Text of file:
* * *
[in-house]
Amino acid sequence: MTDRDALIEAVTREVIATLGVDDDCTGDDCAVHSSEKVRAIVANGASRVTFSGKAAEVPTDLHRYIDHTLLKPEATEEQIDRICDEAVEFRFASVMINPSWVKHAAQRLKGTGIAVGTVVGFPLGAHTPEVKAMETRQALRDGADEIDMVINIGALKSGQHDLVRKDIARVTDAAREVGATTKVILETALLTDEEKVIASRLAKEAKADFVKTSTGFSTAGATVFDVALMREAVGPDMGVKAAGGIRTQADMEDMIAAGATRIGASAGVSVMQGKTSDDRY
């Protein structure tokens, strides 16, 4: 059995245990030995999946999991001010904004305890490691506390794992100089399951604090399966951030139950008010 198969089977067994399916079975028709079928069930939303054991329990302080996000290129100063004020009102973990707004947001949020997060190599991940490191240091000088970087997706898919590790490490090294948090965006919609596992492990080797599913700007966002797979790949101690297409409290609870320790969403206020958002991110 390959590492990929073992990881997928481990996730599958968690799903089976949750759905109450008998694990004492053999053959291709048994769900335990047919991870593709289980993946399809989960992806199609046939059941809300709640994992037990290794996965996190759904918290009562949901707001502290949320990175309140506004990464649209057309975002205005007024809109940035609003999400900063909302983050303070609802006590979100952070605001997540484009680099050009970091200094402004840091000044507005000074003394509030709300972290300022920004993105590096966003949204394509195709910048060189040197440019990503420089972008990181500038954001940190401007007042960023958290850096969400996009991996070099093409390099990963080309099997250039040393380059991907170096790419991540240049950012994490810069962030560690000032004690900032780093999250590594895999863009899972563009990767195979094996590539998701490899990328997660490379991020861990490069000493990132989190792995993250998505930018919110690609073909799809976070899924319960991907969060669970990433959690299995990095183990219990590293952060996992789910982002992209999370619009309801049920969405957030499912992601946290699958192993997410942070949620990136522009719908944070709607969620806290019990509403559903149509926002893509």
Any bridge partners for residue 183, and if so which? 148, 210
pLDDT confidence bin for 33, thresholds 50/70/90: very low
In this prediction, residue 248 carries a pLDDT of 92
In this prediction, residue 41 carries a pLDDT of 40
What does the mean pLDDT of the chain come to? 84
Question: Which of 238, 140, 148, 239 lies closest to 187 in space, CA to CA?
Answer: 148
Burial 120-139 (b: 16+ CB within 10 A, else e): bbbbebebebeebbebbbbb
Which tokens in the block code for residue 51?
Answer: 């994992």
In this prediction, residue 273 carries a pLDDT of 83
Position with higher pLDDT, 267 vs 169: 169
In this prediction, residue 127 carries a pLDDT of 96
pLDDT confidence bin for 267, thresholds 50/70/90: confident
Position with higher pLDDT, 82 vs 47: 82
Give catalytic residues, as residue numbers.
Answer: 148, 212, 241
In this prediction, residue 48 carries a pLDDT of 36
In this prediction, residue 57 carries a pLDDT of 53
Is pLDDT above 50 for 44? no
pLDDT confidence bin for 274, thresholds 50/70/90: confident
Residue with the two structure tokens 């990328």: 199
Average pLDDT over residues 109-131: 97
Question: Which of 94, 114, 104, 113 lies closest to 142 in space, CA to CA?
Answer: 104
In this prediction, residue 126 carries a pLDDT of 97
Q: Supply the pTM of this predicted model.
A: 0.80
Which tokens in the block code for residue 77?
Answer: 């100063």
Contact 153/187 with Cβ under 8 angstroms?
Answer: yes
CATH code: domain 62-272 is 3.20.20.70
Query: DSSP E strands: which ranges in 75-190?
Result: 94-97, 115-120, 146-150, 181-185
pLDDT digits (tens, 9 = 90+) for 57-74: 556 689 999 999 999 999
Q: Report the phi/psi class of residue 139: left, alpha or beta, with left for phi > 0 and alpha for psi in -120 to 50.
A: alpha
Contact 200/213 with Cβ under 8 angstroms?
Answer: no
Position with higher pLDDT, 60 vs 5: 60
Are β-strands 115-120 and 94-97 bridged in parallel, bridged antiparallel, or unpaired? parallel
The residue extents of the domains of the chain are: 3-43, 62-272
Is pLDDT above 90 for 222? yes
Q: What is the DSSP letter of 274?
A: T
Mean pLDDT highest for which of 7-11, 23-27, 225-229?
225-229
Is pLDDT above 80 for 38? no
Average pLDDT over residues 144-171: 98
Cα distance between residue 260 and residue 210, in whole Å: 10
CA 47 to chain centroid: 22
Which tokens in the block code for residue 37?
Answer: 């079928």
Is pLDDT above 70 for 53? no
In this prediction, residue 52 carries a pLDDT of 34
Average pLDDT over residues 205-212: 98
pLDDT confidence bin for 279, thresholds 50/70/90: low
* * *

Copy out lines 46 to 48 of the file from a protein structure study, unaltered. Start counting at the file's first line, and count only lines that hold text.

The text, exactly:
The residue extents of the domains of the chain are: 3-43, 62-272
Is pLDDT above 90 for 222? yes
Q: What is the DSSP letter of 274?